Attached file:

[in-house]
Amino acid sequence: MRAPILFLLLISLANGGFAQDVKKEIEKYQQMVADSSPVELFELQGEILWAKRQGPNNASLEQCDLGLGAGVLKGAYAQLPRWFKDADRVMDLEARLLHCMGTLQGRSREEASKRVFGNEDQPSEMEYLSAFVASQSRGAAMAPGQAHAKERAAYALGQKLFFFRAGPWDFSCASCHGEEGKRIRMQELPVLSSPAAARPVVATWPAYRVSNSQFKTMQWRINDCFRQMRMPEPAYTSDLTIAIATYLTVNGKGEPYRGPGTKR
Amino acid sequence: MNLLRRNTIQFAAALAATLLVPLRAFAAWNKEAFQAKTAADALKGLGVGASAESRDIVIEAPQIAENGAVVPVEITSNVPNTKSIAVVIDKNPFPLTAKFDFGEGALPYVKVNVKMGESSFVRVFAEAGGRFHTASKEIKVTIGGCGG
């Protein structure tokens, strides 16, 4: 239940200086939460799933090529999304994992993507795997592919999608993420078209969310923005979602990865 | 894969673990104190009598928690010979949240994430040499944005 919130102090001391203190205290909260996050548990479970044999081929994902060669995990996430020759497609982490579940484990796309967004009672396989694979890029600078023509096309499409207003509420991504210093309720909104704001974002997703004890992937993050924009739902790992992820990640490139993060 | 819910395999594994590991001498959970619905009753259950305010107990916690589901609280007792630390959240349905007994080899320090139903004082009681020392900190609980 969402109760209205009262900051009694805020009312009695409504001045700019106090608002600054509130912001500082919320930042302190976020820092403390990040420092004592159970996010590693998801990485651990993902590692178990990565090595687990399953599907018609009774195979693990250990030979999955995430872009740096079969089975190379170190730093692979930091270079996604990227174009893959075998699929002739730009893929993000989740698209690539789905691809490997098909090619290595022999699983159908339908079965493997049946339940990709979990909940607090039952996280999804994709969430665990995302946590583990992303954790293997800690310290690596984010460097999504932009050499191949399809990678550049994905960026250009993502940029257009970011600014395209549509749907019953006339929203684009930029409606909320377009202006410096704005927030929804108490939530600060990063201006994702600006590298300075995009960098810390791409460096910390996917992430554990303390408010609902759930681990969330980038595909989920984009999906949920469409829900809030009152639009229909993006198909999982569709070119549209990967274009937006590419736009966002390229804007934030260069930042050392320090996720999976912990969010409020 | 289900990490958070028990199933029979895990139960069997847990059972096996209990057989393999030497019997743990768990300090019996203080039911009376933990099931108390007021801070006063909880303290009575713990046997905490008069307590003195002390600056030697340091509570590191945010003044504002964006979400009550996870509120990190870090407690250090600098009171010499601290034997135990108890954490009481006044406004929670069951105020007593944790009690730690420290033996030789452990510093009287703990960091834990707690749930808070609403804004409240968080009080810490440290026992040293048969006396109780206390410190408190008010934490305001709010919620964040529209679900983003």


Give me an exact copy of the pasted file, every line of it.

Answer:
[in-house]
Amino acid sequence: MRAPILFLLLISLANGGFAQDVKKEIEKYQQMVADSSPVELFELQGEILWAKRQGPNNASLEQCDLGLGAGVLKGAYAQLPRWFKDADRVMDLEARLLHCMGTLQGRSREEASKRVFGNEDQPSEMEYLSAFVASQSRGAAMAPGQAHAKERAAYALGQKLFFFRAGPWDFSCASCHGEEGKRIRMQELPVLSSPAAARPVVATWPAYRVSNSQFKTMQWRINDCFRQMRMPEPAYTSDLTIAIATYLTVNGKGEPYRGPGTKR
Amino acid sequence: MNLLRRNTIQFAAALAATLLVPLRAFAAWNKEAFQAKTAADALKGLGVGASAESRDIVIEAPQIAENGAVVPVEITSNVPNTKSIAVVIDKNPFPLTAKFDFGEGALPYVKVNVKMGESSFVRVFAEAGGRFHTASKEIKVTIGGCGG
């Protein structure tokens, strides 16, 4: 239940200086939460799933090529999304994992993507795997592919999608993420078209969310923005979602990865 | 894969673990104190009598928690010979949240994430040499944005 919130102090001391203190205290909260996050548990479970044999081929994902060669995990996430020759497609982490579940484990796309967004009672396989694979890029600078023509096309499409207003509420991504210093309720909104704001974002997703004890992937993050924009739902790992992820990640490139993060 | 819910395999594994590991001498959970619905009753259950305010107990916690589901609280007792630390959240349905007994080899320090139903004082009681020392900190609980 969402109760209205009262900051009694805020009312009695409504001045700019106090608002600054509130912001500082919320930042302190976020820092403390990040420092004592159970996010590693998801990485651990993902590692178990990565090595687990399953599907018609009774195979693990250990030979999955995430872009740096079969089975190379170190730093692979930091270079996604990227174009893959075998699929002739730009893929993000989740698209690539789905691809490997098909090619290595022999699983159908339908079965493997049946339940990709979990909940607090039952996280999804994709969430665990995302946590583990992303954790293997800690310290690596984010460097999504932009050499191949399809990678550049994905960026250009993502940029257009970011600014395209549509749907019953006339929203684009930029409606909320377009202006410096704005927030929804108490939530600060990063201006994702600006590298300075995009960098810390791409460096910390996917992430554990303390408010609902759930681990969330980038595909989920984009999906949920469409829900809030009152639009229909993006198909999982569709070119549209990967274009937006590419736009966002390229804007934030260069930042050392320090996720999976912990969010409020 | 289900990490958070028990199933029979895990139960069997847990059972096996209990057989393999030497019997743990768990300090019996203080039911009376933990099931108390007021801070006063909880303290009575713990046997905490008069307590003195002390600056030697340091509570590191945010003044504002964006979400009550996870509120990190870090407690250090600098009171010499601290034997135990108890954490009481006044406004929670069951105020007593944790009690730690420290033996030789452990510093009287703990960091834990707690749930808070609403804004409240968080009080810490440290026992040293048969006396109780206390410190408190008010934490305001709010919620964040529209679900983003």